Topic Modeling with Scikit Learn
Latent Dirichlet Allocation (LDA) is a algorithms used to discover the topics that are present in a corpus. A few open source libraries exist, but if you are using Python then the main contender is Gensim. Gensim is an awesome library and scales really well to large text corpuses. Gensim, however does not include Non-negative Matrix Factorization (NMF), which can also be used to find topics in text. The mathematical basis underpinning NMF is quite different from LDA. I have found it interesting to compare the results of both of the algorithms and have found that NMF sometimes produces more meaningful topics for smaller datasets. NMF has been included in Scikit Learn for quite a while but LDA has only recently (late 2015) been included. The great thing about using Scikit Learn is that it brings API consistency which makes it almost trivial to perform Topic Modeling using both LDA and NMF. Scikit Learn also includes seeding options for NMF which greatly helps with algorithm convergence and offers both online and batch variants of LDA.
How do LDA and NMF work?
I won’t go into any lengthy mathematical detail — there are many blogs posts and academic journal articles that do. While LDA and NMF have differing mathematical underpinning, both algorithms are able to return the documents that belong to a topic in a corpus and the words that belong to a topic. LDA is based on probabilistic graphical modeling while NMF relies on linear algebra. Both algorithms take as input a bag of words matrix (i.e., each document represented as a row, with each columns containing the count of words in the corpus). The aim of each algorithm is then to produce 2 smaller matrices; a document to topic matrix and a word to topic matrix that when multiplied together reproduce the bag of words matrix with the lowest error.
No magic here — you need to specify the number of topics!
How many topics? Well that is the question! Both NMF and LDA are not able to automatically determine the number of topics and this must be specified.
I searched far and wide for an exciting dataset and finally selected the 20 Newsgoups dataset. I’m just being sarcastic — I selected a dataset that is both easy to interpret and load in Scikit Learn. The dataset is easy to interpret because the 20 Newsgroups are known and the generated topics can be compared to the known topics being discussed. Headers, footers and quotes are excluded from the dataset.
The creation of the bag of words matrix is very easy in Scikit Learn — all the heavy lifting is done by the feature extraction functionality provided for text datasets. A tf-idf transformer is applied to the bag of words matrix that NMF must process with the TfidfVectorizer. LDA on the other hand, being a probabilistic graphical model (i.e. dealing with probabilities) only requires raw counts, so a CountVectorizer is used. Stop words are removed and the number of terms included in the bag of words matrix is restricted to the top 1000.
NMF and LDA with Scikit Learn
As mentioned previously the algorithms are not able to automatically determine the number of topics and this value must be set when running the algorithm. Comprehensive documentation on available parameters is available for both NMF and LDA. Initialising the W and H matrices in NMF with ‘nndsvd’ rather than random initialisation improves the time it takes for NMF to converge. LDA can also be set to run in either batch or online mode.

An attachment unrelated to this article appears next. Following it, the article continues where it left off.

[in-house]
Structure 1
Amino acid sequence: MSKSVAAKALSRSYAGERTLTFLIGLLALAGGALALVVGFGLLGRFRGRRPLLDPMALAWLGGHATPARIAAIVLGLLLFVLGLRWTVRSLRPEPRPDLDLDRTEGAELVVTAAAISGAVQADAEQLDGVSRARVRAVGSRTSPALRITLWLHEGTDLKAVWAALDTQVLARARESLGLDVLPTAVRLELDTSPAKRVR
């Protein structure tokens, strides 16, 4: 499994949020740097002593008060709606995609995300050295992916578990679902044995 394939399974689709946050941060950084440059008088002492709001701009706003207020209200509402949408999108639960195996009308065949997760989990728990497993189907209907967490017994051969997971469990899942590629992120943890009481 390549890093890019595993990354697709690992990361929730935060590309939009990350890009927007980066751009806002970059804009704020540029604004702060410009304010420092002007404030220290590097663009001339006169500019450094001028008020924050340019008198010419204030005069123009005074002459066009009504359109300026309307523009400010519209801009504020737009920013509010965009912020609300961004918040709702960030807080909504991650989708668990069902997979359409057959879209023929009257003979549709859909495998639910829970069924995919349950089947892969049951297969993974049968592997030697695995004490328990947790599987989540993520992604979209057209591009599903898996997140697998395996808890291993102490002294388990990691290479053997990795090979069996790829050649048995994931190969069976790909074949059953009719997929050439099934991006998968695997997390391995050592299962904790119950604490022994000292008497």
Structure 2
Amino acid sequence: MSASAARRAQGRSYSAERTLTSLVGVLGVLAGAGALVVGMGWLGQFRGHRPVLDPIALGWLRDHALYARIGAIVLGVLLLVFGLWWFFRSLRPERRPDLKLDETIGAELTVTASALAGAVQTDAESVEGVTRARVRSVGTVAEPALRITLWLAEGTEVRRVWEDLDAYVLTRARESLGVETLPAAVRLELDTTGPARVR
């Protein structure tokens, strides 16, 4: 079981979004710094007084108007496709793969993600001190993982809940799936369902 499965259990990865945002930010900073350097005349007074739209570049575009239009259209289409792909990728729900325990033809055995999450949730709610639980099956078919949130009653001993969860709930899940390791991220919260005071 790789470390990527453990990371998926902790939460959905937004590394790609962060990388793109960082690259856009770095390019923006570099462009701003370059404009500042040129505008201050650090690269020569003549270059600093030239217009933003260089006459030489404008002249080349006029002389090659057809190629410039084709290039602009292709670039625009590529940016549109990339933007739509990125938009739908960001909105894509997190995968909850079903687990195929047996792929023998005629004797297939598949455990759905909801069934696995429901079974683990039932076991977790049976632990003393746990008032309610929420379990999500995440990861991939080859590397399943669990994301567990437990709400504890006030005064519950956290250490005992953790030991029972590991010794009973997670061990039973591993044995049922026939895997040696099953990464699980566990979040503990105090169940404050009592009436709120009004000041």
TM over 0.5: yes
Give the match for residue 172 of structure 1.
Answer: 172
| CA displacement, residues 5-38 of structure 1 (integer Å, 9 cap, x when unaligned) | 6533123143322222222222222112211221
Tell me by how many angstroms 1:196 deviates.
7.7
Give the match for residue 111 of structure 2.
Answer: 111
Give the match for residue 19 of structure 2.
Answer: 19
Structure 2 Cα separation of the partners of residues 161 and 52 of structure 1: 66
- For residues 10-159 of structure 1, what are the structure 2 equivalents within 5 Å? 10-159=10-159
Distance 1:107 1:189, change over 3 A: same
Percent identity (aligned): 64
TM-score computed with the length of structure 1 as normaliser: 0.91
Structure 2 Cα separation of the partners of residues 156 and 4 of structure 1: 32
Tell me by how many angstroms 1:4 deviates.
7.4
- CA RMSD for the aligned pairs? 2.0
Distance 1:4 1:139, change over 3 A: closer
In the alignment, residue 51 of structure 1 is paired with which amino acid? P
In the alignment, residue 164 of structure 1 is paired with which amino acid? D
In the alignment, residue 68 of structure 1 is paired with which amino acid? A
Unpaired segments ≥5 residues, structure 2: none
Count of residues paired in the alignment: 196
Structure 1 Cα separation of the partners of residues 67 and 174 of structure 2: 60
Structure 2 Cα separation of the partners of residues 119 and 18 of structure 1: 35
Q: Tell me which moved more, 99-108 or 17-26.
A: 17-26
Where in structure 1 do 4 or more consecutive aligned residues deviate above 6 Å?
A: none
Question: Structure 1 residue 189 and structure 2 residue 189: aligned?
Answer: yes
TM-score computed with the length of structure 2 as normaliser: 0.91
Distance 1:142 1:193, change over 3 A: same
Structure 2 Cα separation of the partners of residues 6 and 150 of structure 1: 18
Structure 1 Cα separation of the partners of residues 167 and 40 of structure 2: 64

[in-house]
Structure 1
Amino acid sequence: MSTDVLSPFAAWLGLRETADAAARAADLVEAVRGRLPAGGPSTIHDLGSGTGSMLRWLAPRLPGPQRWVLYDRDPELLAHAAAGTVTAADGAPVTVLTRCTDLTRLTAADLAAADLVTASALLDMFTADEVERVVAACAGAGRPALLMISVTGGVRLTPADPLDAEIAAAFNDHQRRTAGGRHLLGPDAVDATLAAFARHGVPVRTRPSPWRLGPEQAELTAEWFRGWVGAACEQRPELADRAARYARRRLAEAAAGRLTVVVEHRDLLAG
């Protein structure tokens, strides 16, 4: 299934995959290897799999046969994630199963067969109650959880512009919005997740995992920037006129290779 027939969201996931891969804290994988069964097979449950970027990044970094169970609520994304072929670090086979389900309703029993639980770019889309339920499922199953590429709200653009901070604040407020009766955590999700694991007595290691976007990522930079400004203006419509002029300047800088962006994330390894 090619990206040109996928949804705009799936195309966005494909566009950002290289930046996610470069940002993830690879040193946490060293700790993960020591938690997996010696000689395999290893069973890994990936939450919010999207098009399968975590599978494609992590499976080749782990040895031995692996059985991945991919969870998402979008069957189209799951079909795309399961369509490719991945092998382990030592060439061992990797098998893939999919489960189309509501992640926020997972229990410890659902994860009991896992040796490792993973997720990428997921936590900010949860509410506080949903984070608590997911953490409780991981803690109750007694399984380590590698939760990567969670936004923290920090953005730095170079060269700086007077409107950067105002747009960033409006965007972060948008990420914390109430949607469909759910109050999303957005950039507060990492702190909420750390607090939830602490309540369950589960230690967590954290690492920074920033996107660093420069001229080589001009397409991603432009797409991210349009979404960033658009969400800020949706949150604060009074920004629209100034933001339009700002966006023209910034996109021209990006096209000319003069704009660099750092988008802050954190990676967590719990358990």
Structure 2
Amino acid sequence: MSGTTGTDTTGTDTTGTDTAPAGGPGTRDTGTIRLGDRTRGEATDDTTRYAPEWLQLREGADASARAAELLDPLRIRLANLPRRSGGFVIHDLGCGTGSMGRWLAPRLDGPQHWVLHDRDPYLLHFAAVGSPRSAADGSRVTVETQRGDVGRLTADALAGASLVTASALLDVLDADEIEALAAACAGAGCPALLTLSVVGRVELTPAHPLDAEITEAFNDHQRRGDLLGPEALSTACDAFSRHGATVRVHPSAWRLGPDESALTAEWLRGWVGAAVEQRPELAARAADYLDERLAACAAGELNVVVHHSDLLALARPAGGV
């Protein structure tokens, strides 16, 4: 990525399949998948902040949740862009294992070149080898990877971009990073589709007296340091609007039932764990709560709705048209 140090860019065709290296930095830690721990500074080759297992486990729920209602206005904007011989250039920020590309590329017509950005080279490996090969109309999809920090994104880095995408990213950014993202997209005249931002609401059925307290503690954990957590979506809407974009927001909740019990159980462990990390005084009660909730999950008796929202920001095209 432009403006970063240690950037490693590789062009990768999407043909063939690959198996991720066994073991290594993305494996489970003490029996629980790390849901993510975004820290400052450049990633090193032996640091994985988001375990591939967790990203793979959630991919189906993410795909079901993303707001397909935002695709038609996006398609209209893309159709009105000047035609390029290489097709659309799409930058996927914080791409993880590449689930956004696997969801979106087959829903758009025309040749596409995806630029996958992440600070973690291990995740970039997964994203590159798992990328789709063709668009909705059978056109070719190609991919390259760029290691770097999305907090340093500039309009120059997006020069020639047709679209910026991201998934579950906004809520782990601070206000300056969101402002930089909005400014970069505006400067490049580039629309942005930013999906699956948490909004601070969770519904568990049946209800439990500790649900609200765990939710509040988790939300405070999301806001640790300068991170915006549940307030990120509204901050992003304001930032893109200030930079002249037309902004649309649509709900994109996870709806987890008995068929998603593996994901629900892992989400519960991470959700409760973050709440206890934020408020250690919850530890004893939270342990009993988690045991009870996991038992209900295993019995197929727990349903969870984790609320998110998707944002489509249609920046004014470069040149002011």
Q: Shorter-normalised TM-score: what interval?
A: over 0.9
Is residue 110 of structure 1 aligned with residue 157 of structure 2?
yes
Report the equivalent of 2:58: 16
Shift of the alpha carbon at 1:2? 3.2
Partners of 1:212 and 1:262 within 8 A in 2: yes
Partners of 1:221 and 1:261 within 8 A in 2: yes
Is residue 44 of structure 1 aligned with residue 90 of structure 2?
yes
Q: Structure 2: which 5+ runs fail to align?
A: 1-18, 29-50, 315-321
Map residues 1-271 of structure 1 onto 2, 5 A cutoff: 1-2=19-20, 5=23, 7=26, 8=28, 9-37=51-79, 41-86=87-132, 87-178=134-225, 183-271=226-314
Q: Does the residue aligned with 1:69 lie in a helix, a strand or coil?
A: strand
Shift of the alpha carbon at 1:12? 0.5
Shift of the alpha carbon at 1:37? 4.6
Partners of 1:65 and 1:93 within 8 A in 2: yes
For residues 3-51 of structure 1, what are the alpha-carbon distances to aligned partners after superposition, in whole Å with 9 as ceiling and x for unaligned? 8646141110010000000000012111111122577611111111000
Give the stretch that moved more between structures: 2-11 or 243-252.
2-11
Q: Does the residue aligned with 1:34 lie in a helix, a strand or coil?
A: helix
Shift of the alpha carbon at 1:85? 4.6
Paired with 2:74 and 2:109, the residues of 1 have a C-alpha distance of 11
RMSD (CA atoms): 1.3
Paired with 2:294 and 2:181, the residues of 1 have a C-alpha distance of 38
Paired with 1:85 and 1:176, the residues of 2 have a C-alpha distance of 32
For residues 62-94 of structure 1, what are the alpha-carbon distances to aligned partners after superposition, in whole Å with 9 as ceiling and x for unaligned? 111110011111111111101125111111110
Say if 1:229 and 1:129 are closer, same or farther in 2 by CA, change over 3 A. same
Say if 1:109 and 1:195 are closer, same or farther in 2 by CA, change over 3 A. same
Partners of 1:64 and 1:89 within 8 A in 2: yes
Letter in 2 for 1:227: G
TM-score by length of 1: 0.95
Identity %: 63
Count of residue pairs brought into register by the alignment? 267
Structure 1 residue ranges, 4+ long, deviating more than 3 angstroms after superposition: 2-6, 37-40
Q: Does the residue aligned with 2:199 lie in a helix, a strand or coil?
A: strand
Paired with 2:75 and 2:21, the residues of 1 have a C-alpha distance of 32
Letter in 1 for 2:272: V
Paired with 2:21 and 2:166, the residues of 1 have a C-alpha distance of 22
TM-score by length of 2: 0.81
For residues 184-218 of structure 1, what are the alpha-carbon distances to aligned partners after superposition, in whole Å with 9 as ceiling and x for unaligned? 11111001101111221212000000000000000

Displaying and Evaluating Topics
The structure of the resulting matrices returned by both NMF and LDA is the same and the Scikit Learn interface to access the returned matrices is also the same. This is great and allows for a common Python method that is able to display the top words in a topic. Topics are not labeled by the algorithm — a numeric index is assigned.
The derived topics from NMF and LDA are displayed below. From the NMF derived topics, Topic 0 and 8 don’t seem to be about anything in particular but the other topics can be interpreted based upon there top words. LDA for the 20 Newsgroups dataset produces 2 topics with noisy data (i.e., Topic 4 and 7) and also some topics that are hard to interpret (i.e., Topic 3 and Topic 9). I’d say the NMF was able to find more meaningful topics in the 20 Newsgroups dataset.
Topic 0: people don think like know time right good did say
Topic 1: windows file use dos files window using program problem card
Topic 2: god jesus bible christ faith believe christian christians church sin
Topic 3: drive scsi drives hard disk ide controller floppy cd mac
Topic 4: game team year games season players play hockey win player
Topic 5: key chip encryption clipper keys government escrow public use algorithm
Topic 6: thanks does know mail advance hi anybody info looking help
Topic 7: car new 00 sale price 10 offer condition shipping 20
Topic 8: just like don thought ll got oh tell mean fine
Topic 9: edu soon cs university com email internet article ftp send
Topic 0: government people mr law gun state president states public use
Topic 1: drive card disk bit scsi use mac memory thanks pc
Topic 2: said people armenian armenians turkish did saw went came women
Topic 3: year good just time game car team years like think
Topic 4: 10 00 15 25 12 11 20 14 17 16
Topic 5: windows window program version file dos use files available display
Topic 6: edu file space com information mail data send available program
Topic 7: ax max b8f g9v a86 pl 145 1d9 0t 34u
Topic 8: god people jesus believe does say think israel christian true
Topic 9: don know like just think ve want does use good
In my next blog post, I’ll discuss topic interpretation and show how top documents within a theme can also be displayed.
Full Code Listing
It’s amazing how much can be achieved with just 36 lines of Python code and some Scikit Learn magic. The full code listing is provided below: